It's not that important of course since most of us are doing our own thing.

I was just curious if a "standard" font file could be created for TI-99.

 

Information could be included in the file name.  For example FONT207F would tell the loader to load starting at ASCII >20 and that it will go to ASCII >7F. An XB loader would know to put that starting at >0400. An assembly loader knows where the pattern table starts and could then determine where to start loading the characters.  FONT00FF would be contain all ASCII characters from >00 to >FF. An assembly loader could load that directly to the pattern table. An XB loader could not load that directly (you cannot start at ASCII >00 in XB plus there are too many bytes to load), so it could either reject it or else load to a buffer in VDP and move just ASCII >20 to >7F into the pattern table.

Using 4 characters for the ASCII values leaves only 6 more characters for the file name, but that should be workable.

Edited by senior_falcon
  • Like 1

Share this post


Link to post
Share on other sites

Question Harry:

Can I compile an XB program which uses a small set of assembly routines for support via the standard CALL INIT/CALL LOAD/CALL LINK process? My guess is probably no as it will likely clobber up the compiler routines, but worth asking. Perhaps there is a protected space I could use?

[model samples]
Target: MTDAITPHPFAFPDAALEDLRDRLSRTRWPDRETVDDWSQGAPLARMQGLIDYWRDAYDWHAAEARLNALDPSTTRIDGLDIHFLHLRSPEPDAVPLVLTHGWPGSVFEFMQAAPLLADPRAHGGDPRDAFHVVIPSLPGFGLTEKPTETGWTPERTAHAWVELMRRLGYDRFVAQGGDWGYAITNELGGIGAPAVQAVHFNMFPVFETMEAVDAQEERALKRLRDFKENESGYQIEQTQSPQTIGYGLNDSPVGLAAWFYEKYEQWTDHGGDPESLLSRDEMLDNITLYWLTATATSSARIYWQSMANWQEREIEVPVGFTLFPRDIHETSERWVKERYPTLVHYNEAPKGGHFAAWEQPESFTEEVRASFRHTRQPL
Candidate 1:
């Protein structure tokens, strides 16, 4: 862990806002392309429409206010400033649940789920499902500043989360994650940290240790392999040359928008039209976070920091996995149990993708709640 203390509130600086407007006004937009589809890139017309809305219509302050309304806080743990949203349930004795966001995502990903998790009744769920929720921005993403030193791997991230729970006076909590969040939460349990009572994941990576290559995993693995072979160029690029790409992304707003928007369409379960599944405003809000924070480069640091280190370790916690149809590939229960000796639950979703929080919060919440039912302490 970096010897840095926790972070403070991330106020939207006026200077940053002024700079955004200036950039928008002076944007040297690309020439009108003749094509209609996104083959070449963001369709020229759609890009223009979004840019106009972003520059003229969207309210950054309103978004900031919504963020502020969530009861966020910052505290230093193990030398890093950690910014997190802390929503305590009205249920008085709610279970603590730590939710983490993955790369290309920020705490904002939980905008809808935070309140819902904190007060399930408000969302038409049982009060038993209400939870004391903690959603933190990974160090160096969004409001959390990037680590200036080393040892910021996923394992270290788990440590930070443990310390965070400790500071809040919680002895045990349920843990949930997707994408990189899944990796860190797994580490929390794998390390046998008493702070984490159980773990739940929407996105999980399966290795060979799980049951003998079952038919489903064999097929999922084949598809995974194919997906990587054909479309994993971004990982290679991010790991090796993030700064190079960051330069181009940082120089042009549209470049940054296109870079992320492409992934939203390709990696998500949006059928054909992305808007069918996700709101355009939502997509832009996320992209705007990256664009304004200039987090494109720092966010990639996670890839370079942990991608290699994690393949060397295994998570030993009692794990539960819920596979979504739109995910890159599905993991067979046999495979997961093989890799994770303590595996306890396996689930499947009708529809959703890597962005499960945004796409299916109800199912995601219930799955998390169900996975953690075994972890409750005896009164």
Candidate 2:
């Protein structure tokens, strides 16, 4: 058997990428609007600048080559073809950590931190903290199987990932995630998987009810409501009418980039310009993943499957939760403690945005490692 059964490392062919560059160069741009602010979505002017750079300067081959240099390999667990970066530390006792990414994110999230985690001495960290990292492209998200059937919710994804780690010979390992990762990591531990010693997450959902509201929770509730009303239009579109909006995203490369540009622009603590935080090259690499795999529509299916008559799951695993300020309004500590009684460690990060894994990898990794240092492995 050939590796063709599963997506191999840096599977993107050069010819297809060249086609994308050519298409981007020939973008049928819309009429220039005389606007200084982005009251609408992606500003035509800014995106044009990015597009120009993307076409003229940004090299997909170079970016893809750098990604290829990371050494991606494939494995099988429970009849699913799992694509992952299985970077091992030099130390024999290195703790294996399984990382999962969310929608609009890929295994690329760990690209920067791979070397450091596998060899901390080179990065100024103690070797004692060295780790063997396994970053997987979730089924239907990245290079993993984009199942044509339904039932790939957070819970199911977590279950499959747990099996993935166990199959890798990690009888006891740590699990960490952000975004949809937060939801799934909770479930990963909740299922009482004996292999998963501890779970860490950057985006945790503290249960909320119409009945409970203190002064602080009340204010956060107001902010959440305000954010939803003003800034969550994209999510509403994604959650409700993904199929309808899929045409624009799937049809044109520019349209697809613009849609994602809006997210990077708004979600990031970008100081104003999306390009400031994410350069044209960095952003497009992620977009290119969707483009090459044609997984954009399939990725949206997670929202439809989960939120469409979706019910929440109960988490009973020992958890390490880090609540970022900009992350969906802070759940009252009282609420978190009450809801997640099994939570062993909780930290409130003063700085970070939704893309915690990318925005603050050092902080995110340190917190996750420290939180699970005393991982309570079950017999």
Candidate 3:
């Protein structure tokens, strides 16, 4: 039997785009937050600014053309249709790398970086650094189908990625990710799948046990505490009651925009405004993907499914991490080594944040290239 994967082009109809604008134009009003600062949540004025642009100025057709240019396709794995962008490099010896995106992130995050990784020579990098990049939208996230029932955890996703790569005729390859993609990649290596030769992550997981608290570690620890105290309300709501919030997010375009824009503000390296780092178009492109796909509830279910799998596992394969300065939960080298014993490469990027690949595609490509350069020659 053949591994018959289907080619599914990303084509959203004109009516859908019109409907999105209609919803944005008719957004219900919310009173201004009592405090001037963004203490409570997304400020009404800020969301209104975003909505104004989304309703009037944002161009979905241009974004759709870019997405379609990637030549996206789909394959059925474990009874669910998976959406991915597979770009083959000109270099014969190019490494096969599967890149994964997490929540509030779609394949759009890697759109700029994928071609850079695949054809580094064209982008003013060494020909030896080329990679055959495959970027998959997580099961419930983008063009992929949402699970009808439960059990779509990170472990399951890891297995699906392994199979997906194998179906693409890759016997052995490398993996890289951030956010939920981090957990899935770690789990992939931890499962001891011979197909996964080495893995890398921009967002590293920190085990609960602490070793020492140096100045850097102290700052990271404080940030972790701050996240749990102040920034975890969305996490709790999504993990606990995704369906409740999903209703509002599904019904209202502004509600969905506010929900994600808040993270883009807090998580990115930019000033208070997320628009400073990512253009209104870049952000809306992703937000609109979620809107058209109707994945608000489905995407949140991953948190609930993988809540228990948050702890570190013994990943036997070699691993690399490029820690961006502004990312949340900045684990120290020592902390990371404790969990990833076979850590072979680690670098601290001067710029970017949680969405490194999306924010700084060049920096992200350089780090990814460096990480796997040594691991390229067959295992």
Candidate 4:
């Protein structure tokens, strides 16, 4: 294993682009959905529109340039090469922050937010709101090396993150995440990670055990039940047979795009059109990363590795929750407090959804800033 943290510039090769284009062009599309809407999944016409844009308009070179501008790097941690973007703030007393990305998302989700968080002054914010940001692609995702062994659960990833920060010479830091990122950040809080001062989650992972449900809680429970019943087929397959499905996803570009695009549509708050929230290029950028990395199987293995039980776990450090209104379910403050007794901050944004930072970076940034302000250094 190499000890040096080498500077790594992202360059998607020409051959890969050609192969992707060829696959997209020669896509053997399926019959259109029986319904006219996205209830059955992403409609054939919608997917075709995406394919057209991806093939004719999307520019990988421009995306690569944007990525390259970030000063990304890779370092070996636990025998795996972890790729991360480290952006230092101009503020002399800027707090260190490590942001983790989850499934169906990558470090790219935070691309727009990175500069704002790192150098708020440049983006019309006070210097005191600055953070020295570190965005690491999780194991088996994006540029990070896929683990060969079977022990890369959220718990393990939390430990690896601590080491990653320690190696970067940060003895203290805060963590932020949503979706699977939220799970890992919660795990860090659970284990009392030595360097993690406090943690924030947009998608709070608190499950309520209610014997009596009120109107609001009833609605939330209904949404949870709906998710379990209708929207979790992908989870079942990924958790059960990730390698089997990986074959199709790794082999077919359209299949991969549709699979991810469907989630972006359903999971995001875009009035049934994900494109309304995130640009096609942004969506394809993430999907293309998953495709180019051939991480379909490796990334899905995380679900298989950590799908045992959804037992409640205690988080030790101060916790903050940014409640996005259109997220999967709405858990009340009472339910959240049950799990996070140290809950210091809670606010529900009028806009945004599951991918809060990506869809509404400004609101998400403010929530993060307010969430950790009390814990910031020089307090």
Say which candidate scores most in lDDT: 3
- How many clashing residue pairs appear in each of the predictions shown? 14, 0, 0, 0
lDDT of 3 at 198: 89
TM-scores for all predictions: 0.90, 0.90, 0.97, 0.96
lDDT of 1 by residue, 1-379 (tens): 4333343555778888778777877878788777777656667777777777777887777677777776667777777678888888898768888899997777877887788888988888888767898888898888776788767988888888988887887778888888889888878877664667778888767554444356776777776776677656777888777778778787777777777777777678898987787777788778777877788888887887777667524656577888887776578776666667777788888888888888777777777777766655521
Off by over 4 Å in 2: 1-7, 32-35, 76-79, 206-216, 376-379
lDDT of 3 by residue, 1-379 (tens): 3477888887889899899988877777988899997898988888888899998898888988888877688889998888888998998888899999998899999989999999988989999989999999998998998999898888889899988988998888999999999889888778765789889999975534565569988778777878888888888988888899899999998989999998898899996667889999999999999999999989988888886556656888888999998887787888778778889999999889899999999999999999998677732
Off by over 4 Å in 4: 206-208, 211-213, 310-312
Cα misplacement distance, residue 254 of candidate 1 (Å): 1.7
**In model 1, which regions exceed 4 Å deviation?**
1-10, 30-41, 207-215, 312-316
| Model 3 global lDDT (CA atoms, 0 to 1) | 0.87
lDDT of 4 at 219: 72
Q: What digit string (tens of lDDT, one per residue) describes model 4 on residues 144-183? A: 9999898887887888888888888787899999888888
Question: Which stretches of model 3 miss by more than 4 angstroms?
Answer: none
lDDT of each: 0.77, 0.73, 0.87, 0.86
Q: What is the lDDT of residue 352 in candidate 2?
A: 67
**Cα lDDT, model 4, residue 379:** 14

Share this post


Link to post
Share on other sites

Sorry, but as you guessed, there is no provision for running assembly routines from compiled code. Although you could use CALL LOAD to load the programs in the usual location in low memory (although not from a running program), LINK is not supported.  Also the support utilities would have to be rewritten to provide NUMREF, NUMASG, STRREF, STRASG, etc.

  • Like 1

Share this post


Link to post
Share on other sites
3 hours ago, senior_falcon said:

Sorry, but as you guessed, there is no provision for running assembly routines from compiled code. Although you could use CALL LOAD to load the programs in the usual location in low memory (although not from a running program), LINK is not supported.  Also the support utilities would have to be rewritten to provide NUMREF, NUMASG, STRREF, STRASG, etc.

Ah well... Thanks for the clarification.

Share this post


Link to post
Share on other sites

In thinking about this, I have come to believe that it might be possible. Most of the problems are tractable. LINK is pretty easy. Modifying NUMREF etc. does not seem too hard to me. One extra complication is that usually NUMREF is followed by CFI. That would have to be bypassed. NUMASG is usually preceeded by CIF, and that would have to be dealt with somehow. Another obstacle is the return to XB. In an assembly subroutine this is usually LWPI >83E0 and B @>006A and this would not return properly to the compiler.

My thinking at this time is that on startup the compiler could scan the assembly code looking for CFI, CIF, B @>006A and others and adjust the code so it functions properly. Of course, this has its own set of problems - those number sequences could be in character definitions or something else and you would not want to modify those.